RTA workers high on stress leave

W Roads and Traffic Authority (RTA) staff have one of the highest rates of stress leave and workers compensation payouts – on par with other workers such as prison officers, police, nurses and firefighters

NSW Roads and Traffic Authority (RTA) staff have one of the highest rates of stress leave and workers compensation payouts – on par with other workers such as prison officers, police, nurses and firefighters. Mental stress, physical stress and injury are the primary causes of leave among RTA workers. The NSW Government pays public servants $54 million a year in workers’ compensation, and the average cost of claims is $1,117 per employee at the RTA per year. NSW opposition leader Peter Debnam said RTA bureaucrats should get another job if they were stressed.

End mature age workforce scaremongering: Aurion

Despite reports to the contrary, Australian companies won’t face large-scale employee losses due to the so-called baby boomer effect, according to HRMS software firm Aurion. Reports of large-scale losses as staff born after World War II reach retirement age were exaggerated and misleading, said Aurion managing director Silvano Basso. “Baby boomers have a greater life expectancy and have to fund a longer retirement. Governments worldwide now encourage people to work longer and to self-fund their retirement through superannuation,” he said.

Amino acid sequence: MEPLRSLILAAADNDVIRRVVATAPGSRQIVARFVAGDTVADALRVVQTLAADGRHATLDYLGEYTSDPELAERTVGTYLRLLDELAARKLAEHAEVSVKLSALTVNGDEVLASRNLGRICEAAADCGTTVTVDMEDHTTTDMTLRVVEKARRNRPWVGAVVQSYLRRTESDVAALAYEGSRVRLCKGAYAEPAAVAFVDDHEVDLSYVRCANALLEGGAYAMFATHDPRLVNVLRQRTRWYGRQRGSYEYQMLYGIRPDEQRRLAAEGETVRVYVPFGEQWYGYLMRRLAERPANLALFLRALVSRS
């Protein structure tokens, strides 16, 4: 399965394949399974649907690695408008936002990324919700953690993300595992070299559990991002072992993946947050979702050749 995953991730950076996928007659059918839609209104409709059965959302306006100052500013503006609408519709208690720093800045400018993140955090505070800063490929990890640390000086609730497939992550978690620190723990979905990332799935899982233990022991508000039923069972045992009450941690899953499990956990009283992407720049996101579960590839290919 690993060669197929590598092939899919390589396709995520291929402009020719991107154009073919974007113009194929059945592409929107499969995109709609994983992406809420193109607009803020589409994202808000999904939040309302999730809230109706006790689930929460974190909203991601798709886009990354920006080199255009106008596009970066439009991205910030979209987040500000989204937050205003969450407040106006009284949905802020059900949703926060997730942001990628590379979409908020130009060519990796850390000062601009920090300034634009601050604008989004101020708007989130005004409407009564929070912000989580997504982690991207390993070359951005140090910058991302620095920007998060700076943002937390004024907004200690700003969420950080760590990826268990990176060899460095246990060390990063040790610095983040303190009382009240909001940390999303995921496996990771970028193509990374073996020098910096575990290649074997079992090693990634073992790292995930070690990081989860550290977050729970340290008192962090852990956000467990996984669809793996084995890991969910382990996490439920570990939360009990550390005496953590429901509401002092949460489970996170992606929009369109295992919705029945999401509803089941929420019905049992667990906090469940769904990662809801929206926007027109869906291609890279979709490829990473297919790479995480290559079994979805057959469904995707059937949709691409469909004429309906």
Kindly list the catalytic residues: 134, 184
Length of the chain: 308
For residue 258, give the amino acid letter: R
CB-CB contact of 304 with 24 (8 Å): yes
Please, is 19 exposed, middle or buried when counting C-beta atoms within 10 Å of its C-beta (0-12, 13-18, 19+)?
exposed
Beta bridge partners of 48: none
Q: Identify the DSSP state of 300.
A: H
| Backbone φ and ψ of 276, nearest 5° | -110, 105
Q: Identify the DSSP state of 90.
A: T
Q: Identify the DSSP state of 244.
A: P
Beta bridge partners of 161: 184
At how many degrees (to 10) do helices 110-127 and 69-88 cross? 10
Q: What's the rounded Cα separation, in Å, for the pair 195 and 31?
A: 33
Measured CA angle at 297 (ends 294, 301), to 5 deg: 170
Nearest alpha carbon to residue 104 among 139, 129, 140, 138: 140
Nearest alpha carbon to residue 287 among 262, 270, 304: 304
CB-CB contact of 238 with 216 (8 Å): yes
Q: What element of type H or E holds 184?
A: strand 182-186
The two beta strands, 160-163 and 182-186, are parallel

Outplacement programs outdated

HR professionals have called for greater flexibility, accountability and variety in outplacement programs, according to HR consulting firm Beilby. It recently consulted 50 HR practitioners on their requirements for outplacement services and found the top criticisms of current programs were: they lacked flexibility; they needed to be tailored so that the candidate could choose the best option; the price of the program needed to be a function of what was delivered; and they placed too much emphasis on getting a job rather than a career-focused approach.

Australia considered the land of employment opportunity

Twenty-nine per cent of Australians believe the country offers the most opportunities for employees. However, they don’t think they are happy staying where they are, with 35 per cent of companies experiencing a higher rate of resignations than usual, according to a survey from Talent2. A survey of more than 500 Australian employees found that 28 per cent believe they live in the land of the opportunity due to the fact the population offers huge growth potential, and a further 18 per cent believe there is so much opportunity because we are a developing nation.

Dealing with violent and aggressive workplaces

Violent incidents in the workplace and inappropriate workplace behaviour between co-workers and customers are on the increase, according to Fraser Duff, co-founder and owner of CARM, a consulting firm that specialises in assisting companies with workplace violence training. Many such incidents can be avoided, according to Duff, but most employees do not know what to look for or how to respond in potentially violent encounters. CARM stands for Counter Aggression Response Model, which teaches how to determine risks, defuse situations, and disengage when needed.

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